The Siegfried Lenz Preis is pretty new -- this is only the second time they've handed out the well-endowed (at €50,000) prize, with Amos Oz picking up the inaugural one last year -- and it's not really clear how it is meant to stand out in the already fairly crowded international-author-prize field (beyond that the writing of the winner should, inter alia, be in the spirit of Lenz's work ...).
Anyway, they've now announced that Julian Barnes will get this year's prize (on 11 November -- this is a German prize; they announce the winners way beforehand ...)
This is one of those rare prizes where works are under review at the complete review not only by the winner (England, England and more than half a dozen more) but also by the author the award is named after (A Minute's Silence/Stella).
Nigerian author Elechi Amadi has passed away; see, for example, obituaries in Vanguard and Punch.
None of his work is under review at the complete review but he's significant enough that he rated a (very brief) mention in my The Complete Review Guide to Contemporary World Fiction.
His work seems to have largely fallen out of fashion and print in the US/UK; The Concubine seems to be your best bet for a book to get your hands on; get your copy at Amazon.com or Amazon.co.uk.
They've announced that this year's Georg-Büchner Prize -- the leading German author award -- will go to Marcel Beyer (on 5 November, since they always announce these things way in advance); see also the DeutscheWelle report, Top German literature prize goes to Marcel Beyer.
Several of his novel have been translated into English, but seem to have fallen out of print very quickly; The Karnau Tapes is probably the most intriguing/accessible of these; get your copy at Amazon.com or Amazon.co.uk..
French science fiction author Maurice Dantec has passed away; see, for example, the Le Mondeobituary (where they note he was born in Grenoble, "dans une famille communiste").
His Babylon Babies had the distinction of being US-published by Semiotext(e) and was made into a movie by Mathieu Kassovitz -- starring ... well, Vin Diesel ... (yeah, so much for that ...).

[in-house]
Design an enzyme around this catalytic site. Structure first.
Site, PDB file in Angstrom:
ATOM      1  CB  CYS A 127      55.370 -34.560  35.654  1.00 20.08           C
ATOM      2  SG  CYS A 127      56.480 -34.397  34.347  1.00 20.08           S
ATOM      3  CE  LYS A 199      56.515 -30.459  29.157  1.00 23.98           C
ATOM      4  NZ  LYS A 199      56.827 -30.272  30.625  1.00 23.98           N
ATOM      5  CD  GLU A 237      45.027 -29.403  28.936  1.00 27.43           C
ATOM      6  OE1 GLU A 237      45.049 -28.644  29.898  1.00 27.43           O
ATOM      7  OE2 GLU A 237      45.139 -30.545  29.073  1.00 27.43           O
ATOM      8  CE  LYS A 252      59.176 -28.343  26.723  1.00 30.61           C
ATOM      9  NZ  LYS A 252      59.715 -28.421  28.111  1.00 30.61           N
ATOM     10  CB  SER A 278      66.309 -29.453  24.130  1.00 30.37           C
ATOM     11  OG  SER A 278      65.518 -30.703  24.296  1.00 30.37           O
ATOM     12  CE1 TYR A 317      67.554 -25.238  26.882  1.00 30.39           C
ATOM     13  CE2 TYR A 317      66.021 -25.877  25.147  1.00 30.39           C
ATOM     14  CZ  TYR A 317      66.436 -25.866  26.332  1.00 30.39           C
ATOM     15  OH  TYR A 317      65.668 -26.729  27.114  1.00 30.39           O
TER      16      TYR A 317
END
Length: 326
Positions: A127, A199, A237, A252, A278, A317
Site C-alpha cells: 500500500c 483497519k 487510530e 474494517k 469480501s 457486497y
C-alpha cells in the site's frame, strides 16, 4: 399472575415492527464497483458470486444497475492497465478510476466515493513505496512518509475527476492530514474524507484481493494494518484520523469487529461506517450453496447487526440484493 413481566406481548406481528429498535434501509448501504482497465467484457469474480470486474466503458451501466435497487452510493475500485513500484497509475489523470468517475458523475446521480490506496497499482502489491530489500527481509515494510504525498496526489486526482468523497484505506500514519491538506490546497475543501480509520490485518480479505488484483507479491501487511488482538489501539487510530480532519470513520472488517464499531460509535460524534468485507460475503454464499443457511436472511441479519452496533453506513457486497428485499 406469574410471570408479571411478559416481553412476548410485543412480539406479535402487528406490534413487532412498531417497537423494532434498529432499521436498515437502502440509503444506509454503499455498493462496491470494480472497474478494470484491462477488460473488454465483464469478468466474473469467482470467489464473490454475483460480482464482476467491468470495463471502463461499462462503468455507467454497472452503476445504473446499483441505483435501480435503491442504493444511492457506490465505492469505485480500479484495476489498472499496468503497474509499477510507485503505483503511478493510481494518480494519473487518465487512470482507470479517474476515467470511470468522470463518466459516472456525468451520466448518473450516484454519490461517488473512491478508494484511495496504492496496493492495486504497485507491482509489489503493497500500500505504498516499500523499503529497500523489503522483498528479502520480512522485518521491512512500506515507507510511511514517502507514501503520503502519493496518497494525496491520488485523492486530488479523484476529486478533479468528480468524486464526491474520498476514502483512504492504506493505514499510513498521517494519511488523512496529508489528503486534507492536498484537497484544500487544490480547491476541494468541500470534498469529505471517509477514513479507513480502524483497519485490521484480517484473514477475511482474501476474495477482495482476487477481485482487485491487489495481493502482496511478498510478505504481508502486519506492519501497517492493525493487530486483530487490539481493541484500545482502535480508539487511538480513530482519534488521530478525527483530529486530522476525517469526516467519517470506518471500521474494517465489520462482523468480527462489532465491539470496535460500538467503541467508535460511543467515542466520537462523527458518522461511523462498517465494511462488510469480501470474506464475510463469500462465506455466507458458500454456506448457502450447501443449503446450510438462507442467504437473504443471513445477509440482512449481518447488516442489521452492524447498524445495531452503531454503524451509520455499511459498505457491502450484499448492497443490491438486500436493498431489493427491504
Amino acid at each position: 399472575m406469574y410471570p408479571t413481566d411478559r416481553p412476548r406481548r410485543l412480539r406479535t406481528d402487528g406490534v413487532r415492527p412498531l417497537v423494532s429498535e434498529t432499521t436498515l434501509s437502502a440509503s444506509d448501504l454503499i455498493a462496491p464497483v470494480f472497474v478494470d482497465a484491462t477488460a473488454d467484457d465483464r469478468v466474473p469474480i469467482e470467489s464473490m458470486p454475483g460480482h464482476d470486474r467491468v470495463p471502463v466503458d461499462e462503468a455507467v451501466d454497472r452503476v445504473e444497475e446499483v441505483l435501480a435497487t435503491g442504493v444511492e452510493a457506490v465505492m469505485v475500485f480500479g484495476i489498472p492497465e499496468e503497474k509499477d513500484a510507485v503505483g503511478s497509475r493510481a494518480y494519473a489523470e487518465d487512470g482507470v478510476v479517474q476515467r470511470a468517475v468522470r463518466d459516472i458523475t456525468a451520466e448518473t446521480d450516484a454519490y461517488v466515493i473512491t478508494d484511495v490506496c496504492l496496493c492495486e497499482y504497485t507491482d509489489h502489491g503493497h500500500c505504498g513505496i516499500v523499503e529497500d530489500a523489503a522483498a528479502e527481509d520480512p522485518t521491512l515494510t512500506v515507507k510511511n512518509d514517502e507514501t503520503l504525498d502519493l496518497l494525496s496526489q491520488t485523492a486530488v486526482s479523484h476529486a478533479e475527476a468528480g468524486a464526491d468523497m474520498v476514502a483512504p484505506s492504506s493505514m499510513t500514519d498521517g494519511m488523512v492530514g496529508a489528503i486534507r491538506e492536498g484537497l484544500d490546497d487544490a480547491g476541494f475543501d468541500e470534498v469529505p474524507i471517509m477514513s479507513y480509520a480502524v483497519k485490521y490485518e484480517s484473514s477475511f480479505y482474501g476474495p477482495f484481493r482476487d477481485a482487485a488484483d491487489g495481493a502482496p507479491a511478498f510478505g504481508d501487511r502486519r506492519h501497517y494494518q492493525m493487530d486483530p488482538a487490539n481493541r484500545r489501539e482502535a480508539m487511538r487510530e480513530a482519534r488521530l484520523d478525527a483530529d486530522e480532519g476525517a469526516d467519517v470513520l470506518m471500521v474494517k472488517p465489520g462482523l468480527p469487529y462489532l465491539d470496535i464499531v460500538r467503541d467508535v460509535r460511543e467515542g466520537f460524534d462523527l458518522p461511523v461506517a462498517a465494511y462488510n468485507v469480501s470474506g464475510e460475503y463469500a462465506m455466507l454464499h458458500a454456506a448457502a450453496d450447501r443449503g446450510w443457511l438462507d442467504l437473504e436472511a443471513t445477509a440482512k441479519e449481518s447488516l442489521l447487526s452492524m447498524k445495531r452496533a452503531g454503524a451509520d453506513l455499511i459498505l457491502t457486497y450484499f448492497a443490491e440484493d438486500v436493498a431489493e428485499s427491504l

They'll only announce their big ' Grand Prix du Roman' in the fall, but the Académie française has been busy with their award deliberations, and have now ... spewed forth their 'palmarès' -- no less than '65 distinctions'.
The full list is only available in the dreaded pdf format (because god forbid anyone should actually have ready, easy access to it ...), but, for example, Livres Hebdosummarize the big winners.
Okay, big(gest) winner Matsumura Takeshi -- who takes home €30,000 -- probably isn't a household name (despite being: "l'un des plus grands lexicographes du français"), but a few better-known names also were honored, including Michel del Castillo, Christian Bobin, and Bernard Noël.
And there's also lucky Jacques Lecomte, winner of the Grand Prix Moron.
(Hey, for €5,000, who wouldn't put that on their CV ?)
At Parade Ann Patchett and friends came up with a list of The 75 Best Books of the Past 75 Years.
The most significant limitation is buried in the explanation -- "we defaulted to books written in English" -- which certainly narrows things down (and makes the selection rather more uninteresting).
Oddly, however, a work in translation did sneak its way onto the list -- Elie Wiesel's Night, the English version of which hasn't just been translated once from the French (and there's a Yiddish pre-history to it too ...) but twice (as prominently noted on the new Hill and Wang edition; see their publicity page).
Not quite sure why it gets the special consideration .....
The most recent addition to the complete review is my review of Guenter Lewy on Book Censorship in Nazi Germany, in Harmful and Undesirable, just out from Oxford University Press.
Not really relevant to the book per se but certainly impressive: author Lewy was born in 1923, so pretty impressive that he's publishing something like this in 2016 -- and, sure, they're all his historian-buddies, but what a list of blurbers: Fritz Stern, Saul Friedlander, and Walter Laqueur.
David Jones' In Parenthesis is a truly great work (a rare "A" rated one at the complete review) but doesn't seem to get the attention it deserves; a new opera-version from the Welsh National Opera might help change that.
(Of course, considering the it premiered over a month ago and this is the first I'm hearing of it ... maybe not.)
You'll be able to watch it online at The Opera Platform starting next month (for six months) -- I'll definitely check it out.
In The Guardian Owen Sheers now has a nice piece on In Parenthesis: in praise of the Somme's forgotten poet.